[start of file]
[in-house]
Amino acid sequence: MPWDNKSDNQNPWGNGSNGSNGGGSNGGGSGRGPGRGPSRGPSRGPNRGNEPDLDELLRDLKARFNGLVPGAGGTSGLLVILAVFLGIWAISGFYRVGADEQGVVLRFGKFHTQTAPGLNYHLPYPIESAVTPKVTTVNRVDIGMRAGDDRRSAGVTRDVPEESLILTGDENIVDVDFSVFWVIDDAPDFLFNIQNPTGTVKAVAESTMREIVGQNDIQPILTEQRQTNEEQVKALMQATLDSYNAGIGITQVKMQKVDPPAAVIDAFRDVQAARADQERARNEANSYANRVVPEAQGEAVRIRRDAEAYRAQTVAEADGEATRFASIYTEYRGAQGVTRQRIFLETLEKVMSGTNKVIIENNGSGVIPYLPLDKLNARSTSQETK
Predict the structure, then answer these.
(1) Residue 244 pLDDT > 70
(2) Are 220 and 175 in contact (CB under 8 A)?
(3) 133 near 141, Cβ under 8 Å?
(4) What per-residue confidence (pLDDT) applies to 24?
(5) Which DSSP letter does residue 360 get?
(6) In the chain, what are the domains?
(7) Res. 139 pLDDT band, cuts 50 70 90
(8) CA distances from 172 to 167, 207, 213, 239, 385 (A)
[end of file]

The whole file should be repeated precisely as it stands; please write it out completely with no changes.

[in-house]
Amino acid sequence: MPWDNKSDNQNPWGNGSNGSNGGGSNGGGSGRGPGRGPSRGPSRGPNRGNEPDLDELLRDLKARFNGLVPGAGGTSGLLVILAVFLGIWAISGFYRVGADEQGVVLRFGKFHTQTAPGLNYHLPYPIESAVTPKVTTVNRVDIGMRAGDDRRSAGVTRDVPEESLILTGDENIVDVDFSVFWVIDDAPDFLFNIQNPTGTVKAVAESTMREIVGQNDIQPILTEQRQTNEEQVKALMQATLDSYNAGIGITQVKMQKVDPPAAVIDAFRDVQAARADQERARNEANSYANRVVPEAQGEAVRIRRDAEAYRAQTVAEADGEATRFASIYTEYRGAQGVTRQRIFLETLEKVMSGTNKVIIENNGSGVIPYLPLDKLNARSTSQETK
Predict the structure, then answer these.
(1) Residue 244 pLDDT > 70
(2) Are 220 and 175 in contact (CB under 8 A)?
(3) 133 near 141, Cβ under 8 Å?
(4) What per-residue confidence (pLDDT) applies to 24?
(5) Which DSSP letter does residue 360 get?
(6) In the chain, what are the domains?
(7) Res. 139 pLDDT band, cuts 50 70 90
(8) CA distances from 172 to 167, 207, 213, 239, 385 (A)